Kidney cancer patients are now likely to get access to Bristol-Myers Sqiubb's immunotherapy on the NHS in England and Wales after all, after cost regulators had a change of heart and recommended the drug as a cost-effective treatment option.

In a reversal of its draft decision, the National Institute for Health and Care Excellence has published a Final Appraisal Determination endorsing Opdivo (nivolumab) for adult patients with advanced renal cell carcinoma (RCC) after prior therapy, paving the way for 'routine' access to the first checkpoint inhibitor immunotherapy for this patient subset.

Data from a pivotal Phase III clinical study showed that patients who were treated with Opdivo after their previous therapy was no longer effective lived for an average of 5.4 months longer than those who received standard targeted therapy, Novartis' Afinitor (everolimus; 25 months versus 19.6 months, respectively). BMS said its drug also provided an improved quality of life as patients experienced fewer serious treatment-related side effects.

Around 900 patients in the advanced and incurable stages of this disease are likely to be treated with the drug each year, which will continue to be funded via the Cancer Drugs Fund until it is provided under normal NHS channels (in 30 days' time).

"This decision is a major turning point, which will bring a new wave of immunotherapy to kidney cancer patients," said Professor John Wagstaff, Professor of Medical Oncology, Swansea University.

"Nivolumab has demonstrated its potential to improve survival rates in clinical trials and NICE has now recognised the importance of achieving this for patients in England and Wales. This is an aggressive disease that is on the rise and new treatment options are vital to ensure that survival rates are improved in the coming years."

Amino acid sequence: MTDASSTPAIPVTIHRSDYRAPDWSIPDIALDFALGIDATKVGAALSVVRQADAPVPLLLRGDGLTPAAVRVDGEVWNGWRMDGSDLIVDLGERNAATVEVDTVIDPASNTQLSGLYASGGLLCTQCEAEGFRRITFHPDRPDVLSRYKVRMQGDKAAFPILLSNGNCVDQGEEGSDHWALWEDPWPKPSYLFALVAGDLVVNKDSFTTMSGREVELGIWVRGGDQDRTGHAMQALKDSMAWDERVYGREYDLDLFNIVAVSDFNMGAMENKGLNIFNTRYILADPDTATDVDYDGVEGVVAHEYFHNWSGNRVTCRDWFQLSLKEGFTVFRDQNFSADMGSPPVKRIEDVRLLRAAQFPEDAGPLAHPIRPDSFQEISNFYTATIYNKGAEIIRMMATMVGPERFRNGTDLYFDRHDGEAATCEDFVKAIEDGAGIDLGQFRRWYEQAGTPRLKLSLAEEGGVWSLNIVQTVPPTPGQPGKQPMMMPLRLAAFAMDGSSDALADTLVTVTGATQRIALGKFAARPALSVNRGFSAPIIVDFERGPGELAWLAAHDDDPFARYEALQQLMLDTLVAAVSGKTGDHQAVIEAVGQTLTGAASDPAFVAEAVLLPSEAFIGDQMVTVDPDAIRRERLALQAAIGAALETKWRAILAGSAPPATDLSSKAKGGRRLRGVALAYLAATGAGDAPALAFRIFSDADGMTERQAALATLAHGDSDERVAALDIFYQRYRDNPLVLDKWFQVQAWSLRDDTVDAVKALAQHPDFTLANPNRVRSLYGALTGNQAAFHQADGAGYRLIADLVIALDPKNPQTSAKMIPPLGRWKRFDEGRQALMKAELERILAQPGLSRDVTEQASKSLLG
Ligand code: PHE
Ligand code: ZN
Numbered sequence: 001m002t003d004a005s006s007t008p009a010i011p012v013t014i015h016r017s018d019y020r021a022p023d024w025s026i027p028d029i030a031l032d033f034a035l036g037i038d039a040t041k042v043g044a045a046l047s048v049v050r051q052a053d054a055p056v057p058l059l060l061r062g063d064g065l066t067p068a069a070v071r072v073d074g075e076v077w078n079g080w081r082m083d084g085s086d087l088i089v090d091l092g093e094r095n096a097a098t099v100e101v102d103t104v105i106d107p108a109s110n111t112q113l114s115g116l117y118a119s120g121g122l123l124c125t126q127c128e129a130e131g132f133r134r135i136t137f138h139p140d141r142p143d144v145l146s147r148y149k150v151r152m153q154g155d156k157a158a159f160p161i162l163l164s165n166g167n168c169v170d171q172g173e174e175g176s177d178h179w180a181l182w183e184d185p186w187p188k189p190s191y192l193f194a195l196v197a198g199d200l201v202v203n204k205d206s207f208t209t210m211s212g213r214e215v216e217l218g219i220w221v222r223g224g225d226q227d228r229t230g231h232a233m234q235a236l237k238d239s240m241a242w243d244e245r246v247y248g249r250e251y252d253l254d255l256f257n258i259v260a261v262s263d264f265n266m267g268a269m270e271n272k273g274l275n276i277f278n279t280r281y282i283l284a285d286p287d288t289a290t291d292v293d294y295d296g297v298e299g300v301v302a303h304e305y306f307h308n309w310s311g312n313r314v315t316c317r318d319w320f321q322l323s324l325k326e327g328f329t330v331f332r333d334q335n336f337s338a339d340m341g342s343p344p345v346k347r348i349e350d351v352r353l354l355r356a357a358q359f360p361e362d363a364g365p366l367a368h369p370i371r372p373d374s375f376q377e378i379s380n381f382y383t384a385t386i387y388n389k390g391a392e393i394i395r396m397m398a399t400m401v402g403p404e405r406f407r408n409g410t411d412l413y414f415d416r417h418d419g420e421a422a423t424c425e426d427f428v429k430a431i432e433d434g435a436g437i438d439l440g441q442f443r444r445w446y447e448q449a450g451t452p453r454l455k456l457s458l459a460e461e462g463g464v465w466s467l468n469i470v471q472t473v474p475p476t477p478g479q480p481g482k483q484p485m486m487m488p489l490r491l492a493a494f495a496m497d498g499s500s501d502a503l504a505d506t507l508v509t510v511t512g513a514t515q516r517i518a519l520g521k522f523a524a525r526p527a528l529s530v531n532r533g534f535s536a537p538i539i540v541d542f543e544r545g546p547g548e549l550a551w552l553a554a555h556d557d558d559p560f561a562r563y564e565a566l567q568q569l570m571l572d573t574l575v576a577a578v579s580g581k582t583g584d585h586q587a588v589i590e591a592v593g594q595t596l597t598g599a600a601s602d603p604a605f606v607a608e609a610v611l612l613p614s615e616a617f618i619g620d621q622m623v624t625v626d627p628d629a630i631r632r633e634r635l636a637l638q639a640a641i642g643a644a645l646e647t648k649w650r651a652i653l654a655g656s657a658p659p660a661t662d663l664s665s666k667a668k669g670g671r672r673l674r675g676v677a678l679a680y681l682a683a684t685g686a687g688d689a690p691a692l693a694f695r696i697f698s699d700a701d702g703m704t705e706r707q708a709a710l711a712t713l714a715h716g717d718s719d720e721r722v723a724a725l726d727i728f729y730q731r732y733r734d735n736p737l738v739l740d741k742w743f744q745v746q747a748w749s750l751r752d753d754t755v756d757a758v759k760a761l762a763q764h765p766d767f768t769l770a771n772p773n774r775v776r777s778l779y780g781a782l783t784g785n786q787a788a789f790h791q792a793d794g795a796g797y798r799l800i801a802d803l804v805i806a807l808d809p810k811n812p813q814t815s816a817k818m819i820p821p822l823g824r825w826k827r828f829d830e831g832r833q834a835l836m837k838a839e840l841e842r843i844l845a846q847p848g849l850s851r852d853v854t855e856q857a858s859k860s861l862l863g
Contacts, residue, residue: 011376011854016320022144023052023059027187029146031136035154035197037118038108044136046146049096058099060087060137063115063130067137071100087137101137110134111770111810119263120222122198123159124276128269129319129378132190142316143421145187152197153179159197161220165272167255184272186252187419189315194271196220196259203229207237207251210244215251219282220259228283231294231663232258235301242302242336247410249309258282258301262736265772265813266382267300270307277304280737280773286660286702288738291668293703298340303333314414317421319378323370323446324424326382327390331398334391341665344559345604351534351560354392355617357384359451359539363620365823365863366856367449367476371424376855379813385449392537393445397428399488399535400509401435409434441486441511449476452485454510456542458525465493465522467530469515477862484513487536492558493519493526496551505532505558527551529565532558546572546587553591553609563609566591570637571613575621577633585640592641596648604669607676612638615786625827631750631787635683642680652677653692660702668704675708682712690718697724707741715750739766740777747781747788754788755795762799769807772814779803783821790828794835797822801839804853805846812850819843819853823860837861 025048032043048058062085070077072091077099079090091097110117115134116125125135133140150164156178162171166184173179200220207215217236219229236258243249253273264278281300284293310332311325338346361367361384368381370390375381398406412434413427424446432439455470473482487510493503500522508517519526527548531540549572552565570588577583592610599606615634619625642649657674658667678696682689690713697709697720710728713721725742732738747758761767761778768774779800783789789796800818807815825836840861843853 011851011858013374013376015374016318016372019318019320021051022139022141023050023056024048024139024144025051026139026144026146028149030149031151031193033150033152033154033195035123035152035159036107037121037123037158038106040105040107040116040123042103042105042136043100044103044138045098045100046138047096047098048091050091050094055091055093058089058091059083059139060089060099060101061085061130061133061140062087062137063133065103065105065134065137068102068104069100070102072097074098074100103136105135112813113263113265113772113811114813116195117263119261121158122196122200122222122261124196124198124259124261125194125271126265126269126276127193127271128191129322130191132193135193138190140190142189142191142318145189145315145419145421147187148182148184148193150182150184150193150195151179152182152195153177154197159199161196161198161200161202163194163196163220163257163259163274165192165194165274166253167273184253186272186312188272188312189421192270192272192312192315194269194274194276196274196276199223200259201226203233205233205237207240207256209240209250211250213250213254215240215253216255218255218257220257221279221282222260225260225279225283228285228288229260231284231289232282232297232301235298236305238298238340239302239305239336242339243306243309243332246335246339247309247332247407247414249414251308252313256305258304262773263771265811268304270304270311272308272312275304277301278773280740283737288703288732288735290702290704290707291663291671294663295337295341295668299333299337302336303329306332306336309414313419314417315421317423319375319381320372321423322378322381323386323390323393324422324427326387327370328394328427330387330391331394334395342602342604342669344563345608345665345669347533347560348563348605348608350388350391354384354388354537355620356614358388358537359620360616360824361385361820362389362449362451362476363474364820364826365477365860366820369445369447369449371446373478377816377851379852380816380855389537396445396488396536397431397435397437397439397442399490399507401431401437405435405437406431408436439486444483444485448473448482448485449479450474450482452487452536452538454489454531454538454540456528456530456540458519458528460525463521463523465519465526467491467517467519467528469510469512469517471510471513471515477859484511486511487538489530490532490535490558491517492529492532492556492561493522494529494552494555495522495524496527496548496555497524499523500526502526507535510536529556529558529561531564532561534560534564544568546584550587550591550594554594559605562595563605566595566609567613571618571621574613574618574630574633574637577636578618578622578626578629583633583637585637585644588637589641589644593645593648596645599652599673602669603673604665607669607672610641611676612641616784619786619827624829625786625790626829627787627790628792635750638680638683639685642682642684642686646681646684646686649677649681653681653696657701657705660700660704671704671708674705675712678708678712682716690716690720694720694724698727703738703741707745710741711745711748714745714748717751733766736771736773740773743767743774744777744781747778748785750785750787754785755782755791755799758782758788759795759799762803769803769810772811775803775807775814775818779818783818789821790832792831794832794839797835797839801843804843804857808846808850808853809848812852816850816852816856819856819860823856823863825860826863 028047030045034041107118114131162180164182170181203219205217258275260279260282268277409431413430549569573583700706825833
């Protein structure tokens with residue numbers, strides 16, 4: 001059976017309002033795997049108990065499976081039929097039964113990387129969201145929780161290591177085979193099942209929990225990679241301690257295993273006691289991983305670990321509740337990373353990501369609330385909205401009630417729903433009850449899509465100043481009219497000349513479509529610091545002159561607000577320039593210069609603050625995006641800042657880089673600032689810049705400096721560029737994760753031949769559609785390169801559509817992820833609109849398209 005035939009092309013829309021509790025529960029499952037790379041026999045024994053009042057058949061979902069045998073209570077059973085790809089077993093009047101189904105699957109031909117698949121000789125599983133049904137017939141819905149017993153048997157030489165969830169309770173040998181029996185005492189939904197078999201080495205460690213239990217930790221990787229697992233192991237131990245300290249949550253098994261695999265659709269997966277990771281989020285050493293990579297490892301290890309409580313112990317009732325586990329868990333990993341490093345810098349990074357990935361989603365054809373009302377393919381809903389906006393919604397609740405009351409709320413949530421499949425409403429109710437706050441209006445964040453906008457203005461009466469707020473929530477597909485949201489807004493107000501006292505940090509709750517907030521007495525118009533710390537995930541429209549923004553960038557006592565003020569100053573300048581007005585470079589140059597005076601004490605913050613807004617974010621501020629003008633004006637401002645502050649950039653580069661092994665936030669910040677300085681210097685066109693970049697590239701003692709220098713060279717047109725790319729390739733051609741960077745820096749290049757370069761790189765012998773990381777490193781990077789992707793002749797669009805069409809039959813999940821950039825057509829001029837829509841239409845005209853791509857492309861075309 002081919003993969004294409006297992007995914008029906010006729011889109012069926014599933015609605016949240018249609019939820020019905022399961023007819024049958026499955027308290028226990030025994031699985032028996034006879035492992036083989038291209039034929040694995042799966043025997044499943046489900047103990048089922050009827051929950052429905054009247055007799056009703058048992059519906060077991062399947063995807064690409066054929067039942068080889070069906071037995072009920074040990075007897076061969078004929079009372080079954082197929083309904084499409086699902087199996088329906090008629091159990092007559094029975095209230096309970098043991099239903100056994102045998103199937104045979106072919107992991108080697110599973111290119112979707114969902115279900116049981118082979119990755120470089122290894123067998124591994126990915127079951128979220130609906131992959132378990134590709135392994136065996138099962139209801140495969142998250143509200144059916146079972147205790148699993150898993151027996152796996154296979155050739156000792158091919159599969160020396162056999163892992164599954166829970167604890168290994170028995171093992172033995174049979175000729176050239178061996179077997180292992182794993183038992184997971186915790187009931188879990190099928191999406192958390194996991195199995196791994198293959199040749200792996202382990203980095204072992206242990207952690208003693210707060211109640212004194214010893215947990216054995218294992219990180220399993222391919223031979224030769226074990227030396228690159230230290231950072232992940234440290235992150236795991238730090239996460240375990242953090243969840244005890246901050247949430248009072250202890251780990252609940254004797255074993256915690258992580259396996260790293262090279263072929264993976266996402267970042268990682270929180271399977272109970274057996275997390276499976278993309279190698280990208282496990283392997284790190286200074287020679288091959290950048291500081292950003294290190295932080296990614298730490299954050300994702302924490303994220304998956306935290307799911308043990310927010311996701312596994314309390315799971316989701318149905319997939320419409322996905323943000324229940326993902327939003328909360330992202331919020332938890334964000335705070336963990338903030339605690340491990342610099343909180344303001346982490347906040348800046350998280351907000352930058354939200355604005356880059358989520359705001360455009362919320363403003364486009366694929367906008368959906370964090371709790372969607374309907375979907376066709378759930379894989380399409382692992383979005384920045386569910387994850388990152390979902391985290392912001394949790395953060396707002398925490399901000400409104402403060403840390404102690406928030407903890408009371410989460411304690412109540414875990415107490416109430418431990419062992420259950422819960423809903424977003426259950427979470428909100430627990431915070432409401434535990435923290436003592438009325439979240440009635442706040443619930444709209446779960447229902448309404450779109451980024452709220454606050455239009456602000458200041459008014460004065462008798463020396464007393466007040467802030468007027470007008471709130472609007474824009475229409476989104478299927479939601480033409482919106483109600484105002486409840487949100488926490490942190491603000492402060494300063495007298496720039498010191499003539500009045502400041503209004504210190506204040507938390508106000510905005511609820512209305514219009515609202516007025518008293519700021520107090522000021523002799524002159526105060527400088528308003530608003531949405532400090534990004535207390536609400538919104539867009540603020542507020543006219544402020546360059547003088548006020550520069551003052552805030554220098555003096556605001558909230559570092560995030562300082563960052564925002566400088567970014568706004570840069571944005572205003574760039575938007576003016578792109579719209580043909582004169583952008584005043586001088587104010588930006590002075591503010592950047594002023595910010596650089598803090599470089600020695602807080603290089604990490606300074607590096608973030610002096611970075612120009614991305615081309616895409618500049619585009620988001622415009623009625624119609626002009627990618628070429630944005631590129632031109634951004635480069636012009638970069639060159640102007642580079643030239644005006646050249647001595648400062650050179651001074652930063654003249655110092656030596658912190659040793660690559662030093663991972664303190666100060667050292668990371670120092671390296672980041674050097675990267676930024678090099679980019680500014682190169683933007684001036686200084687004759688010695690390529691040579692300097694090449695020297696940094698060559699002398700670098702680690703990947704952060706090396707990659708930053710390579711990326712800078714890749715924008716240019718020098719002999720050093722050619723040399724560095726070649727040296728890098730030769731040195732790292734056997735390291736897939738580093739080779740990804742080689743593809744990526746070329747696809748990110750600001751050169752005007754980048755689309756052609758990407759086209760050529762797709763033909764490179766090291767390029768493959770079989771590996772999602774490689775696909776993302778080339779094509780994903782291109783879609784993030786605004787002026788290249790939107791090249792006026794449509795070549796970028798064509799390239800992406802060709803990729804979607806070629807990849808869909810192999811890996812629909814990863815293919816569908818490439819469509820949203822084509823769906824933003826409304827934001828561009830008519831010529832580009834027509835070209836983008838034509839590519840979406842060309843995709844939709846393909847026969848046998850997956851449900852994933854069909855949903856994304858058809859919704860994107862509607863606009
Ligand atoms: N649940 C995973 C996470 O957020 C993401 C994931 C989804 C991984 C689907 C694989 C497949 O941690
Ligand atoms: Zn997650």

Over the last 40 years, the number of new patients diagnosed with kidney cancer each year has more than doubled, rising by 166 percent - mainly because of lifestyle factors such as obesity and smoking - highlighting the urgent need for new treatment options.

"We were very concerned with the initial news that NICE were not recommending the drug," said Nick Turkentine, chief executive of Kidney Cancer UK. "Data, personal statements, public opinion and various negotiations seem to have won the day and we could not be happier at this outcome for kidney cancer patients".

"The facts are there in the research, we have also spoken first-hand to patients who have been involved in trials and the benefits of making nivolumab available through the NHS are blindingly clear. This is a red letter day for kidney cancer patients; present and future."

"Nivolumab is a game-changing medicine that has demonstrated survival benefits in a number of cancer types and we are very happy that NICE has made this recommendation for patients with advanced kidney cancer and their families," said Benjamin Hickey, general manager, UK and Ireland, BMS.

"While this is a positive outcome for kidney cancer patients, it adds to the deepening cancer medicine disparity in the UK as those with lung cancer are still left without this innovative treatment option. Our goal is to make nivolumab available to everyone who could benefit from it and we urge NICE and NHS England to collaborate with us to find a swift solution for patients."